Braucol, aka Fer Servadou, is a grape that you only find in the south-west of France. It bears a certain resemblance to Loire Cabernet Franc, as well as the fresher styles of Chilean Carmenère, but has a personality that’s all its own. This unwooded, old-vine expression from Pierre and Laure Fabre is made with organically grown grapes and is wonderfully tangy, bright and perfumed, with violet and cut grass aromas and bramble, raspberry and blackcurrant leaf flavours. Serve it slightly chilled.
One of the best value reds in the Jaboulet range – which also includes the iconic La Chapelle, of course – this organic Syrah reflects the quality and focus of Caroline Frey’s winemaking. Scented and intense, with classic tapenade and white pepper aromas, bright, tangy, richly concentrated blackberry and blueberry fruit, subtle oak influence, smooth tannins and the concentration and freshness to mature nicely in bottle.
Given the prices of half-decent red Burgundy these days, it’s little wonder that people are looking for alternatives. This varietal Gamah is a superb Beaujolais from the Cru of Fleurie that massively over-delivers in the bottle. Spicy, juicy and lightly savoury, it has haunting balance, plenty of colour and intensity, sappy acidity and layers of dark cherry, raspberry. pomegranate and tobacco leaf. Intense, mouth-watering stuff.
The 2020 release of Concha y Toro’s top Bordeaux red is something of a triumph over the demanding vintage conditions, which were the hottest and driest in Don Melchor’s thirty-four year history. Featuring a classic blend of Cabernet Sauvignon with 6% Cabernet Franc and 1% each of Merlot and Petit Verdot, it managed to sidestep the torrid conditions, thanks to a combination of early picking – three weeks to a month, depending on the parcel – and the talent and experience of long-term winemaker, Enrique Tirado. Deftly oaked in 71% new oak, it has alluring graphite and dried herb aromas, cassis, fig and red berry fruit, serious but not overwhelming tannins and more finesse and freshness in its youth than the 2017 with which Tirado rightly compares it.
It’s rare to find a ten-year-old claret on a supermarket shelf, especially one that sells for just £16, but this second wine from Château des Fougères in the Graves is the real deal. Combining Merlot with 30% Cabernet Sauvignon, it’s a graceful, textured, elegant, mature red with subtle wood, tobacco leaf and forest floor top notes, fine-boned tannins, plenty of freshness and a core of sweet, leafy complexity.
Young Frappato is Sicily’s answer to a juicy Beaujolais, bursting with perfume and bouncy fruit flavours. This impressive find from Waitrose comes from vineyards in Trapani and Marsala and is a very well-priced example of the grape’s charms, with flavours of wild strawberry, pomegranate and candy floss, tangy acidity and a nip of tannin. The perfect end-of-summer chilled red.
Fed up with paying high season Côte d’Azur prices to drink your favourite Côtes de Provence rosé? Then try this from the Languedoc instead. At the £3 off price until the end of the month, it’s one of the best pink bargains in the high street. Marrying Grenache with 40% Cinsault and 10% of a much rarer grape called Caladoc, this tastes as good as it looks, with raspberry, redcurrant and wild strawberry fruit, a hint of Medieterranean herbs and impressive depth and concentration. Perfect for the last two weeks of summer.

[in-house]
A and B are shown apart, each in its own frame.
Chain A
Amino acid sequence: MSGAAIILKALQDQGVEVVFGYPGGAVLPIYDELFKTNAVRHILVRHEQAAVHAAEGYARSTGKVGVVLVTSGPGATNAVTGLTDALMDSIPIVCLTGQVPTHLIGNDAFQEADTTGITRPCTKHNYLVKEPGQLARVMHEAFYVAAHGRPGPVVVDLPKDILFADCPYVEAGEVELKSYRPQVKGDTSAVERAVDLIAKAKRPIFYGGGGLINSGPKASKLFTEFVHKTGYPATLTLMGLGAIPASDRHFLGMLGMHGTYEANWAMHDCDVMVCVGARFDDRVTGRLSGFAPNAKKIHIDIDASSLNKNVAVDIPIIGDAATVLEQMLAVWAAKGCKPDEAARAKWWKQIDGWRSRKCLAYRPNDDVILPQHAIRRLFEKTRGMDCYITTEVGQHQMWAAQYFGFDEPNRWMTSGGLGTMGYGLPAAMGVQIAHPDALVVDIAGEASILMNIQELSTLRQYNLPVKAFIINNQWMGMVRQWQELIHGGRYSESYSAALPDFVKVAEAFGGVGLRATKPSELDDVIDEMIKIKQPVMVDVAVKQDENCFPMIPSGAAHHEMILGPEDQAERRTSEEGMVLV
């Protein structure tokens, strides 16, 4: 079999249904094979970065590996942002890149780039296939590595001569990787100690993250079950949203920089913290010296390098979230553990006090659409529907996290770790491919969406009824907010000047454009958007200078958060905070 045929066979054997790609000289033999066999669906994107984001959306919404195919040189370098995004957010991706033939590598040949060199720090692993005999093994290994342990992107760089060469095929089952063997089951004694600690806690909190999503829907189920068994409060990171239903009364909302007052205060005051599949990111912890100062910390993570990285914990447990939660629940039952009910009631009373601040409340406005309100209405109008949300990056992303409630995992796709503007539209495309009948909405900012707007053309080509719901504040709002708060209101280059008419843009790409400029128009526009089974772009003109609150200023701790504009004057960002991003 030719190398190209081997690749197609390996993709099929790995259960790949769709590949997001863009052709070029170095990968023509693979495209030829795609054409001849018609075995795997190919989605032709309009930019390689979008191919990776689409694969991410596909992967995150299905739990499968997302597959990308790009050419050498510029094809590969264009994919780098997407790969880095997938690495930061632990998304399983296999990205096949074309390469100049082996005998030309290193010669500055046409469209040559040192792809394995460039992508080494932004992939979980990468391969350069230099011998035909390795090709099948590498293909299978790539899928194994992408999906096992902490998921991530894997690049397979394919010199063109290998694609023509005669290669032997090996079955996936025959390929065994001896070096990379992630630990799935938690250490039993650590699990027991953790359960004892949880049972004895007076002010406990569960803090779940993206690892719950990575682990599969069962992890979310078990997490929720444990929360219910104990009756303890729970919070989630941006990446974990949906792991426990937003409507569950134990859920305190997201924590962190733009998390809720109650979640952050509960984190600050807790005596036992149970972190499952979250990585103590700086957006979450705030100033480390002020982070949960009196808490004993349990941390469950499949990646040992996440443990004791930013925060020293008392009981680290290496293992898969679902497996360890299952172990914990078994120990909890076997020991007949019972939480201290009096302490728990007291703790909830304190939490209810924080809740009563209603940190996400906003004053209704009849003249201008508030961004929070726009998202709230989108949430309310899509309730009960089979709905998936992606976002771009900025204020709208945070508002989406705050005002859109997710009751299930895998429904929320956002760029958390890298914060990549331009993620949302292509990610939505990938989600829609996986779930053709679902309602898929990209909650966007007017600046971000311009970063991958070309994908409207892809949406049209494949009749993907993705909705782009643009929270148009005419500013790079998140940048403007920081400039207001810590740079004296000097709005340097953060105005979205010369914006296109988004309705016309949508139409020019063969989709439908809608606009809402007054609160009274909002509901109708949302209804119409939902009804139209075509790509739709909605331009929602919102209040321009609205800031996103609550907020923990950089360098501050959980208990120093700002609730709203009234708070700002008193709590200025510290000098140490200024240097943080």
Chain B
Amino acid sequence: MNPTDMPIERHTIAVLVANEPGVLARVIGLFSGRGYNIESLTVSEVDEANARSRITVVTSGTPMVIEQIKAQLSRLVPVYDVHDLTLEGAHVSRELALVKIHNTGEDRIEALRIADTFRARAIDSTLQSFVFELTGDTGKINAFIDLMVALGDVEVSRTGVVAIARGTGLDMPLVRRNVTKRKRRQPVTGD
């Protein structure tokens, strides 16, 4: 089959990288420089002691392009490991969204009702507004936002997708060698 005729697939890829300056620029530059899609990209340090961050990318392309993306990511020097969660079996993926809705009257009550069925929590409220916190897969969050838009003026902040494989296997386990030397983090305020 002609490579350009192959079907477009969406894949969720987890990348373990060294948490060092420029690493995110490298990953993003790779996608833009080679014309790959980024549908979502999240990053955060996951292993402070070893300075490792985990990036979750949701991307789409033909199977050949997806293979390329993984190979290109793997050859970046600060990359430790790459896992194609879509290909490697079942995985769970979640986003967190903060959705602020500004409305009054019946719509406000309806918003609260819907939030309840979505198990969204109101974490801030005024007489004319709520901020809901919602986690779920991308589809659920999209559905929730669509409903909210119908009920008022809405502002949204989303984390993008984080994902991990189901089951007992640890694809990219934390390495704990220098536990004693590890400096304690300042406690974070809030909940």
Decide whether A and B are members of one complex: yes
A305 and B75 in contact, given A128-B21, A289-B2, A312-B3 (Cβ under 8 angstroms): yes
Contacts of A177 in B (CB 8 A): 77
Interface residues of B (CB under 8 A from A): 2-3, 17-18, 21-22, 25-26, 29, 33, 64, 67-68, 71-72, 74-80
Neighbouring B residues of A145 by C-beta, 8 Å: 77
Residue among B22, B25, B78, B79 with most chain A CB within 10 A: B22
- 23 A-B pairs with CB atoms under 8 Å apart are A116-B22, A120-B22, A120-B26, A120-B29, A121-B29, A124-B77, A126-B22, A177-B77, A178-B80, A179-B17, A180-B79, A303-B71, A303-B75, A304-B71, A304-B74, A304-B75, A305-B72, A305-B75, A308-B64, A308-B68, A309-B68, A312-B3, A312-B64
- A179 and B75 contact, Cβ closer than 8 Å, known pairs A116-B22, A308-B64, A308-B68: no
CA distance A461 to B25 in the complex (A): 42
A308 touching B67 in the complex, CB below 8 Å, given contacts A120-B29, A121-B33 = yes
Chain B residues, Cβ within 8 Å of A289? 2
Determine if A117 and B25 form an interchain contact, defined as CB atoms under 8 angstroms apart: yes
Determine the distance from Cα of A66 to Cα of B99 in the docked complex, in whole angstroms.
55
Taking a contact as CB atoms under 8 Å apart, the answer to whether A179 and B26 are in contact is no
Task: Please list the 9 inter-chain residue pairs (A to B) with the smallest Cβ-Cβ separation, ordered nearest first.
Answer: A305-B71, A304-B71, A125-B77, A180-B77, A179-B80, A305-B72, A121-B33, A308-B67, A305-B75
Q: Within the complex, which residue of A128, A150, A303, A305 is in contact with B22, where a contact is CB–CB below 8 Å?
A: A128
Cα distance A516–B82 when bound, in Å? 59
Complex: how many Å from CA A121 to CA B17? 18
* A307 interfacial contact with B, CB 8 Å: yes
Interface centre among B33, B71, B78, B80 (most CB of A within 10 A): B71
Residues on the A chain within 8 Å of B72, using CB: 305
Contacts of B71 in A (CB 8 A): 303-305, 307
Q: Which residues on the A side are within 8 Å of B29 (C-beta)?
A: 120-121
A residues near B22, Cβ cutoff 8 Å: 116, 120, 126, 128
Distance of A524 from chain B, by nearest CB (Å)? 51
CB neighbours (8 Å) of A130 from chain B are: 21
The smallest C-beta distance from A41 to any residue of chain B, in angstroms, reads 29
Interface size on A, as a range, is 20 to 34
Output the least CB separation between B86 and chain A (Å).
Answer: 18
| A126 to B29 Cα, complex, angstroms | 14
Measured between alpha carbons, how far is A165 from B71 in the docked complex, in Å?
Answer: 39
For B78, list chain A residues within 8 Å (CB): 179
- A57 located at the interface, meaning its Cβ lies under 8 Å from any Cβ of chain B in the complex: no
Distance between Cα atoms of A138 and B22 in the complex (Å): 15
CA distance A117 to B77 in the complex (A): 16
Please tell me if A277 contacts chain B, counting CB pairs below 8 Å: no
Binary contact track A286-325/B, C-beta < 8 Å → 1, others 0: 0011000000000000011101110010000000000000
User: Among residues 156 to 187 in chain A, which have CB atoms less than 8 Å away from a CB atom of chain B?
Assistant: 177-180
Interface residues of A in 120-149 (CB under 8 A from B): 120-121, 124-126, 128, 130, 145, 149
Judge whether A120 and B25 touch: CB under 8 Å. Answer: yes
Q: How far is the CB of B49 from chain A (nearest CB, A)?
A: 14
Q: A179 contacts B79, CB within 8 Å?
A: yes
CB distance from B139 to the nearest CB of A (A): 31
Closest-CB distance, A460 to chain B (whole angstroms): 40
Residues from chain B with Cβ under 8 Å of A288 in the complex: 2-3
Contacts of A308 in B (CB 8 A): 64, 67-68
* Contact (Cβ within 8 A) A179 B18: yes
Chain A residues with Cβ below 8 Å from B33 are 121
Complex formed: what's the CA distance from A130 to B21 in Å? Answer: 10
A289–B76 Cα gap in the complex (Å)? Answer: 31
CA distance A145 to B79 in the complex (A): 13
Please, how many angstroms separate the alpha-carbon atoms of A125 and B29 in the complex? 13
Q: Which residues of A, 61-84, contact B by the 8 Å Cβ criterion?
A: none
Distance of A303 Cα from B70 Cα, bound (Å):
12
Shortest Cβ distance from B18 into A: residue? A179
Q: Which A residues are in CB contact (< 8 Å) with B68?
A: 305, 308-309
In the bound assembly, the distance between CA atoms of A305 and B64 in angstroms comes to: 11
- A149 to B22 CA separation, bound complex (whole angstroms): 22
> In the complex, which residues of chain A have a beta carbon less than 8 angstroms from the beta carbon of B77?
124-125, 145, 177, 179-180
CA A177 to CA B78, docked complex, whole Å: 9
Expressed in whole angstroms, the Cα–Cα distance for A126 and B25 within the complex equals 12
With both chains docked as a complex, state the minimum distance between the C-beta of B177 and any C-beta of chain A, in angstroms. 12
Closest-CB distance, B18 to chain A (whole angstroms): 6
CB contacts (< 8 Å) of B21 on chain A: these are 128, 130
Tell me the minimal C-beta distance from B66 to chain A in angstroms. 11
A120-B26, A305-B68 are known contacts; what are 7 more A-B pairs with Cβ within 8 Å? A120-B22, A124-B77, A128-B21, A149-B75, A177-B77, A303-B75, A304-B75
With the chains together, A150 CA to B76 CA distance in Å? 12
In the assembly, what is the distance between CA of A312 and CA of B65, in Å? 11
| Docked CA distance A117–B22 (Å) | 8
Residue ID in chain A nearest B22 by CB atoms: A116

If you love Pinot Noir, then the chances are that you’ll appreciate its slightly more rustic Sicilian cousin, Nerello Mascalese. This comes from volcanic soils at 800 metres on the northern slopes of Mount Etna and is appealingly floral and intense, with rose petal and a hint of earth on the nose, lots of tangy focus and grip, very subtle integration and a lovely combination of sinewy tannins, wild strawberry and red cherry fruit and a dusting of Mediterranean herbs.
It’s rare to find really good Californian Pinot Noir under £20 a bottle, especially if it comes from the ultra-trendy Russian River area. This is elegant, precise and very lightly oaked, with aromas of fennel and sweet baking spices, a palate of wild strawberry and goji berries, silky tannins and the supporting acidity that you’d expect from a region with cool Pacific influence. Fantastic value.
Antinori is one of those producers that rarely, if ever, lets you down, producing everything from good value reds like this Super Tuscan blend to some of the finest wines in Italy. Sangiovese-based with support from 40% Cabernet Sauvignon, Merlot and Syrah, it’s wonderfully scented, smooth and sensitively oaked, displaying flavours of cassis, red cherry and Mediterranean herbs supported by fine-boned tannins and refreshing acidity. Really good at the price.
It’s not often that I get excited about a rosé – too many of them are like pale pink spots on a pink wall – but this is the real deal from the south of France. Made by Julie Rouffignac and Gérald Lafont, it’s an intense, deeply coloured number with lots of flavour and concentration to match. Structured and intense, Arbousset is almost a red wine, made from a harmonious cuvée of mostly Grenache with 20% each of Syrah and Cinsault. Juicy redcurrant, strawberry and red cherry fruit is complemented by a nip of savoury tannin.
If you want to taste a red that expresses the quintessence of high-altitude Gualtallary in the Uco Valley, look no further than this stunning assemblage of Cabernet Franc with 35% Malbec and 5% Cabernet Sauvignon from one of the best-ever vintages in Argentina. Aged in deftly handled 50% new wood, it’s wonderfully fresh and well-balanced, with thyme and wet stone aromas, racy acidity and tangy red plum and black cherry fruit.